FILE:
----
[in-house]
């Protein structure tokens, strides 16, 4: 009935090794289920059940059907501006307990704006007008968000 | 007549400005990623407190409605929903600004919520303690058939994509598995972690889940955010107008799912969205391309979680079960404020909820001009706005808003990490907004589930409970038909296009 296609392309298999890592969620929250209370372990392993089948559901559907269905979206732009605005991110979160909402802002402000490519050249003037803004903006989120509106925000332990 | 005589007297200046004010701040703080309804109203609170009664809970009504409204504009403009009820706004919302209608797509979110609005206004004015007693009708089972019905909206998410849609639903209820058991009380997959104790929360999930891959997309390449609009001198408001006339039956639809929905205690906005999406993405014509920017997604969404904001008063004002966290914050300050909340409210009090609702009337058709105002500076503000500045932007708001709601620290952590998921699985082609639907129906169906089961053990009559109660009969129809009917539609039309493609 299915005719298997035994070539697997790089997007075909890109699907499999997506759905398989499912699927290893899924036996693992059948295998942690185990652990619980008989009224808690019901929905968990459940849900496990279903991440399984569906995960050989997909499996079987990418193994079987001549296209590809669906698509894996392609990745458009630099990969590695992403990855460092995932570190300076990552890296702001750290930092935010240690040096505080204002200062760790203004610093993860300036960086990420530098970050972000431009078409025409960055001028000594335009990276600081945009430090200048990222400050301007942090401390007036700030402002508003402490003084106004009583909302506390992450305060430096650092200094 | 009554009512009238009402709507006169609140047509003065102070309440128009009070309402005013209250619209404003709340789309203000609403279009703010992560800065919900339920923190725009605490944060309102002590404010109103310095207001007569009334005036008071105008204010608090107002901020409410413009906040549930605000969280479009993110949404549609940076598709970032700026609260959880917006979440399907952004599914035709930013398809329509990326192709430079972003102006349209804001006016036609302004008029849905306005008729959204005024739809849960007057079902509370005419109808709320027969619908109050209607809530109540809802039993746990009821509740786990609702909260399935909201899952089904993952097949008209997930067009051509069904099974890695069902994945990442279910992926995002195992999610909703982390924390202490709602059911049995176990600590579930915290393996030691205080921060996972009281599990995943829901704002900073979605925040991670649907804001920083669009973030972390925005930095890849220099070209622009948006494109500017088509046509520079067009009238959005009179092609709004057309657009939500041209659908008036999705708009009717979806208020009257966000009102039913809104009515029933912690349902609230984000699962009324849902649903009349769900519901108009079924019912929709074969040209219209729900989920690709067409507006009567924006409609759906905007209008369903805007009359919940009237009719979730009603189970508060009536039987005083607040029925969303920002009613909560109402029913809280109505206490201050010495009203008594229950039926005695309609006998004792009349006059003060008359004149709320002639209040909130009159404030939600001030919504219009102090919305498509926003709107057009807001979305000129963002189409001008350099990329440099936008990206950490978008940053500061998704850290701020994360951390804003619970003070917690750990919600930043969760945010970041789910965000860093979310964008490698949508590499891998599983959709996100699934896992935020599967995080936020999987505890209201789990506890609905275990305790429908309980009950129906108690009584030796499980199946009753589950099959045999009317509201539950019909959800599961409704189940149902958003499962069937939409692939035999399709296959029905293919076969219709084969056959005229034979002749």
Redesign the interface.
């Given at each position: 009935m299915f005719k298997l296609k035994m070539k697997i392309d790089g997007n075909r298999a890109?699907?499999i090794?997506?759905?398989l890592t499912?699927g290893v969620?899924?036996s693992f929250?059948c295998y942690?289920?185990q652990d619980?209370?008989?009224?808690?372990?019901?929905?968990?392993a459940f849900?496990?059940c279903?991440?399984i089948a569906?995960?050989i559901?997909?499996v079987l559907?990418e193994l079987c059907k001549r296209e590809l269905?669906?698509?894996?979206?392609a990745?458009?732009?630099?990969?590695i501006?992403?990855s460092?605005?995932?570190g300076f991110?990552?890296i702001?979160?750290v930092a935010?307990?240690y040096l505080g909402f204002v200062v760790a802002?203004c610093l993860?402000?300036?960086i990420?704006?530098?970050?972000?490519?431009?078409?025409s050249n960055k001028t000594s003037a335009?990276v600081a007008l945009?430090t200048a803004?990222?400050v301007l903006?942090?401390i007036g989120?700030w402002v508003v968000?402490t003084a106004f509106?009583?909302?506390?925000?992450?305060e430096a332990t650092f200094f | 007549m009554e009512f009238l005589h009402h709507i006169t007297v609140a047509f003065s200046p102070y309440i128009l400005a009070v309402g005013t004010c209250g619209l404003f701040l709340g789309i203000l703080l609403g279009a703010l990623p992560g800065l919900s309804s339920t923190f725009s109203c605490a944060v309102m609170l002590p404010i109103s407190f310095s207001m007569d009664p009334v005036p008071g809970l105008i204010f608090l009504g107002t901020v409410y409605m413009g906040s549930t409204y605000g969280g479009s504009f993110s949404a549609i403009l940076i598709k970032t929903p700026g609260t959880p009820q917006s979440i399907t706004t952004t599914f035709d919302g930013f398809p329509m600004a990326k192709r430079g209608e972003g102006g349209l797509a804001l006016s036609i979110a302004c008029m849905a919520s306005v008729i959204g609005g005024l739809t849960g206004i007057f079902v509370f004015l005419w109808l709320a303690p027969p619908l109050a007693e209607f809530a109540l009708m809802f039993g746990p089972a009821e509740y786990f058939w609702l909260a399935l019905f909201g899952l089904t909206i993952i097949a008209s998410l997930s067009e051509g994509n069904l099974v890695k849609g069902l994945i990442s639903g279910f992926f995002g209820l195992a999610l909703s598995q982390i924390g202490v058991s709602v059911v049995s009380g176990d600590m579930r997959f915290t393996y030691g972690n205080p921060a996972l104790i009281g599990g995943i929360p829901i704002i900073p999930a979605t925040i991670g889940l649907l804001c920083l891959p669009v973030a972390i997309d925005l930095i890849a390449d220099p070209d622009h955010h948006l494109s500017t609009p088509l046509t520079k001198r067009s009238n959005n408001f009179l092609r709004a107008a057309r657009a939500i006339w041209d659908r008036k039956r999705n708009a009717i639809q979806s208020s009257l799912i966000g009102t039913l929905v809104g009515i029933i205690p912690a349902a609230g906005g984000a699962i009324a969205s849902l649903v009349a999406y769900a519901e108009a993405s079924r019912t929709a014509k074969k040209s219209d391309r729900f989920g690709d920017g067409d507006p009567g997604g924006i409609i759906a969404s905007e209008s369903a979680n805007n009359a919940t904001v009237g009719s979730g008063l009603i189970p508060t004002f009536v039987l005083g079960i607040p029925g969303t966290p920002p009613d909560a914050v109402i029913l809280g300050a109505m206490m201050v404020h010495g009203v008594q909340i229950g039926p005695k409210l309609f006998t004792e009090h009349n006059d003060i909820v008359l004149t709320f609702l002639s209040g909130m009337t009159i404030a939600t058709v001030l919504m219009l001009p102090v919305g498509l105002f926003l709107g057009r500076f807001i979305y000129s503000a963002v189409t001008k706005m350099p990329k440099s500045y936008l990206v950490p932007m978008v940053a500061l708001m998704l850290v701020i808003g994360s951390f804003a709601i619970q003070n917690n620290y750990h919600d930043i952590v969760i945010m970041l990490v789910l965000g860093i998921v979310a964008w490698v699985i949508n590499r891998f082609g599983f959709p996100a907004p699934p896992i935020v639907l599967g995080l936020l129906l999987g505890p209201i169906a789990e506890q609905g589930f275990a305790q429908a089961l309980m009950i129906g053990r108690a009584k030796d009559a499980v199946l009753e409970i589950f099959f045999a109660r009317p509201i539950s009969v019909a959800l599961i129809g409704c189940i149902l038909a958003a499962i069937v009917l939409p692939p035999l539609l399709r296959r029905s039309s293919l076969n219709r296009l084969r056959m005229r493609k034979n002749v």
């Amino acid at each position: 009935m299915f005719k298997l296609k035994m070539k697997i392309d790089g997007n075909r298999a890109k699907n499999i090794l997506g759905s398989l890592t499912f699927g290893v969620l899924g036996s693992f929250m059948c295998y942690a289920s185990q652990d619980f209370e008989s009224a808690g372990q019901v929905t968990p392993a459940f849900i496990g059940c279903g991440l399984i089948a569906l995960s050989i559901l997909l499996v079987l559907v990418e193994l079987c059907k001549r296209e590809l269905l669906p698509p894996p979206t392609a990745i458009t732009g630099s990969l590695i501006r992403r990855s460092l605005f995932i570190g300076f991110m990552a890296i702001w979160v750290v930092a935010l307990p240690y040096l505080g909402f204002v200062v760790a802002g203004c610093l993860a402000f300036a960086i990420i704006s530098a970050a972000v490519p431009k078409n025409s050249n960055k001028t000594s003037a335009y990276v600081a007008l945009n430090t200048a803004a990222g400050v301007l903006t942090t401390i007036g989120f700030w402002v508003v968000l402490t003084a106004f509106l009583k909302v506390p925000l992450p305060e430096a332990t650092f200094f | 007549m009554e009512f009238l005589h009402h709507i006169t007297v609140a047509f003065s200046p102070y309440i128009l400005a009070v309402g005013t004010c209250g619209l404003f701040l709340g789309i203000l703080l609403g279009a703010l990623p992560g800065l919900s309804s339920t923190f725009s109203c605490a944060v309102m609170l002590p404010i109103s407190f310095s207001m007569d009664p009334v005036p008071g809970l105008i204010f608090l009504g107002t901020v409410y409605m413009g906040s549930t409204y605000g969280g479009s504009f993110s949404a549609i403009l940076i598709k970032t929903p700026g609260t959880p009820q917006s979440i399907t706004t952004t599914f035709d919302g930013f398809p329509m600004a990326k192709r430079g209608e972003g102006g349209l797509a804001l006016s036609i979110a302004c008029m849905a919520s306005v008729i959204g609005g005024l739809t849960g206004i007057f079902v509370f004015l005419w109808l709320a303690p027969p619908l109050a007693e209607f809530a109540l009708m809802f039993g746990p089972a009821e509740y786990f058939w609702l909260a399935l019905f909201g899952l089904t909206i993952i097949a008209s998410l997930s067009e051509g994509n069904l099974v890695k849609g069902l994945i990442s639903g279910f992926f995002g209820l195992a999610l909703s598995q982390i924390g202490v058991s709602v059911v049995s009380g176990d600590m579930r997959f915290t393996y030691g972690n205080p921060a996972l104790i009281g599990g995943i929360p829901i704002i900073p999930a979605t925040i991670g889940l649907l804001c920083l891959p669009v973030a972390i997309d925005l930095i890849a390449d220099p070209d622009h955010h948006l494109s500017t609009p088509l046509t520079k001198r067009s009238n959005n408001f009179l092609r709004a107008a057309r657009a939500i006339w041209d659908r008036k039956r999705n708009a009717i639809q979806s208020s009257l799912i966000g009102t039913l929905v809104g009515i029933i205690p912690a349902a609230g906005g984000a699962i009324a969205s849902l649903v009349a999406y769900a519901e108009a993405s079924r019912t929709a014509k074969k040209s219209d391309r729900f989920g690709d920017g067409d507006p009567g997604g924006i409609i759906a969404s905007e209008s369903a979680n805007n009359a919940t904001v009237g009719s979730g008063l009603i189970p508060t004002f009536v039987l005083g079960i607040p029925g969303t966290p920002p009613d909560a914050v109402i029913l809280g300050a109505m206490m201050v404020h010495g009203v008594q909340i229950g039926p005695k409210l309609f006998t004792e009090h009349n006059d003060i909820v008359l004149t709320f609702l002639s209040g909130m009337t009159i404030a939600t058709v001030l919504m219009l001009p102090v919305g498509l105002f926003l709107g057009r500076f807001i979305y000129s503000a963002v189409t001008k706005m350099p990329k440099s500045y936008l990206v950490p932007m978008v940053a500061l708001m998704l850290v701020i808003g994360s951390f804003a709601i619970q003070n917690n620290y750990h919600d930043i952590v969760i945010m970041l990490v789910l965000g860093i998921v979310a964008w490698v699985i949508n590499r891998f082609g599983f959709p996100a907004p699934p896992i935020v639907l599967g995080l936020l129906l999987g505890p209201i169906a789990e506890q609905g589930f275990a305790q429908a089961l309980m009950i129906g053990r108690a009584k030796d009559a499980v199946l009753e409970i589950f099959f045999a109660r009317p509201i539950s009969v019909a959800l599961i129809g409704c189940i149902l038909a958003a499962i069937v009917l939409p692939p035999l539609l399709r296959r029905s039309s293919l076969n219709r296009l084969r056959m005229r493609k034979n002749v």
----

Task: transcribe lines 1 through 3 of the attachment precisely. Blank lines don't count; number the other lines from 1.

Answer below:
[in-house]
């Protein structure tokens, strides 16, 4: 009935090794289920059940059907501006307990704006007008968000 | 007549400005990623407190409605929903600004919520303690058939994509598995972690889940955010107008799912969205391309979680079960404020909820001009706005808003990490907004589930409970038909296009 296609392309298999890592969620929250209370372990392993089948559901559907269905979206732009605005991110979160909402802002402000490519050249003037803004903006989120509106925000332990 | 005589007297200046004010701040703080309804109203609170009664809970009504409204504009403009009820706004919302209608797509979110609005206004004015007693009708089972019905909206998410849609639903209820058991009380997959104790929360999930891959997309390449609009001198408001006339039956639809929905205690906005999406993405014509920017997604969404904001008063004002966290914050300050909340409210009090609702009337058709105002500076503000500045932007708001709601620290952590998921699985082609639907129906169906089961053990009559109660009969129809009917539609039309493609 299915005719298997035994070539697997790089997007075909890109699907499999997506759905398989499912699927290893899924036996693992059948295998942690185990652990619980008989009224808690019901929905968990459940849900496990279903991440399984569906995960050989997909499996079987990418193994079987001549296209590809669906698509894996392609990745458009630099990969590695992403990855460092995932570190300076990552890296702001750290930092935010240690040096505080204002200062760790203004610093993860300036960086990420530098970050972000431009078409025409960055001028000594335009990276600081945009430090200048990222400050301007942090401390007036700030402002508003402490003084106004009583909302506390992450305060430096650092200094 | 009554009512009238009402709507006169609140047509003065102070309440128009009070309402005013209250619209404003709340789309203000609403279009703010992560800065919900339920923190725009605490944060309102002590404010109103310095207001007569009334005036008071105008204010608090107002901020409410413009906040549930605000969280479009993110949404549609940076598709970032700026609260959880917006979440399907952004599914035709930013398809329509990326192709430079972003102006349209804001006016036609302004008029849905306005008729959204005024739809849960007057079902509370005419109808709320027969619908109050209607809530109540809802039993746990009821509740786990609702909260399935909201899952089904993952097949008209997930067009051509069904099974890695069902994945990442279910992926995002195992999610909703982390924390202490709602059911049995176990600590579930915290393996030691205080921060996972009281599990995943829901704002900073979605925040991670649907804001920083669009973030972390925005930095890849220099070209622009948006494109500017088509046509520079067009009238959005009179092609709004057309657009939500041209659908008036999705708009009717979806208020009257966000009102039913809104009515029933912690349902609230984000699962009324849902649903009349769900519901108009079924019912929709074969040209219209729900989920690709067409507006009567924006409609759906905007209008369903805007009359919940009237009719979730009603189970508060009536039987005083607040029925969303920002009613909560109402029913809280109505206490201050010495009203008594229950039926005695309609006998004792009349006059003060008359004149709320002639209040909130009159404030939600001030919504219009102090919305498509926003709107057009807001979305000129963002189409001008350099990329440099936008990206950490978008940053500061998704850290701020994360951390804003619970003070917690750990919600930043969760945010970041789910965000860093979310964008490698949508590499891998599983959709996100699934896992935020599967995080936020999987505890209201789990506890609905275990305790429908309980009950129906108690009584030796499980199946009753589950099959045999009317509201539950019909959800599961409704189940149902958003499962069937939409692939035999399709296959029905293919076969219709084969056959005229034979002749």
Redesign the interface.